• The second slide is the Agenda.
  • Host continues to speak: "Our agenda today starts with an introduction followed by Y's presentation then we will have a dedicated Q&A section at the end followed by a quick overview of upcoming events, webinars and conferences. "
  • The third slide is presented, the Questions slide.
  • Host speaks: "You do not need to wait until the dedicated Q&A section to ask questions. You can ask questions at any time during the webinar using the Questions panel from the Go to Webinar interface. Some of my coleagues who have already joined the webinar will answer your questions. At the end we'll go over some of the relevant questions. This webinar is recorded and a recording as well as sample files used during the webinar will be made available in a couple of days. "

  • Fourth slide. Host continues to speak: "Before Y will start his presentation I would like you yo answer the following questions..."
  • And the host releases the pre-created polls. He presses Start on a poll, talks about choices, waits a little then closes the poll and shares the results, closes the poll and then shares the results. Then the results are discusses and then the poll is hidden. And so on for each poll.
  • The fifth slide, the host makes Y the presenter, Y will start presenting for about 45 minutes.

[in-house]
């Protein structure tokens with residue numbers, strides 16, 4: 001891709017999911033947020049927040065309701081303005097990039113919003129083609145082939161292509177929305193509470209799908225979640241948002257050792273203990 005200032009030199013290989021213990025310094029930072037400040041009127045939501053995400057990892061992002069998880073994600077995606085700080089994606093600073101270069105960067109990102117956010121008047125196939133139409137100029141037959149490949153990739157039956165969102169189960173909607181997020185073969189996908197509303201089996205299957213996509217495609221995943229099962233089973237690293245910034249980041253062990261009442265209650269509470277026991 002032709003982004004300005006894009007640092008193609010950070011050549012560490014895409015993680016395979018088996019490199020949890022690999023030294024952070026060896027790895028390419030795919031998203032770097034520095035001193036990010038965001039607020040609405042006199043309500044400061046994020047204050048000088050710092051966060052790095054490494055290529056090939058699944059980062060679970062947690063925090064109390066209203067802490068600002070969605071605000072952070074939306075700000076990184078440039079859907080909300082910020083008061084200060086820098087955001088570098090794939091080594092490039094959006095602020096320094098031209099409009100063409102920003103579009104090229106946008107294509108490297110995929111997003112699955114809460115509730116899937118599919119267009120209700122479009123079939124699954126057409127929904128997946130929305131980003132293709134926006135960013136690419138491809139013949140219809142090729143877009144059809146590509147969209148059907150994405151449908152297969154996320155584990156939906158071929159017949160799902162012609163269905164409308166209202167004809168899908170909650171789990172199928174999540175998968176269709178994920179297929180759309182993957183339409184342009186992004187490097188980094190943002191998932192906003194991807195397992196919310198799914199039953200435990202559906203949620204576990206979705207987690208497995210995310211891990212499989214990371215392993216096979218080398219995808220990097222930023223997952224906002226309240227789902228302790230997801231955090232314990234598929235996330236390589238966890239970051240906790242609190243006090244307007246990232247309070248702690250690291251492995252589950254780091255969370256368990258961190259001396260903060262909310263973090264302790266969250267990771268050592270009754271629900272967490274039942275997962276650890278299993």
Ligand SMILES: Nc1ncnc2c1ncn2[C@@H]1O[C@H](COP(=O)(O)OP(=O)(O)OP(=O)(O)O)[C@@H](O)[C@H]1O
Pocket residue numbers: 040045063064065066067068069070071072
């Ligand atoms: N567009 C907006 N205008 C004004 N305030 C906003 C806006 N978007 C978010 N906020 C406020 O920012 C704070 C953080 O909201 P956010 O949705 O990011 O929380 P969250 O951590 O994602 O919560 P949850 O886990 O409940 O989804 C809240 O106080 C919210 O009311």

• During the presentation the host looks over questions, he answers some of them.
  • Y has finished the presentation and thanks for the attendance.
  • The host un-mutes himself and starts speaking without sharing his screen: "Thank you Y for this very nice presentation on Z. We covered a lot of ground today. Let's go over some of the questions.... "
  • Host takes the screen and talks over the last two slides, the one about future seminars and the one about future conferences.
  • Host asks Y if he has anything else to add, then they both thank the audience, then mute all. The webinar is left opened a little bit more in order for attendees to be able to ask additional questions.
  • End webinar. File -> Leave Webinar.

  • Eat a slice of pizza and relax, talk about what went wrong, something always does :)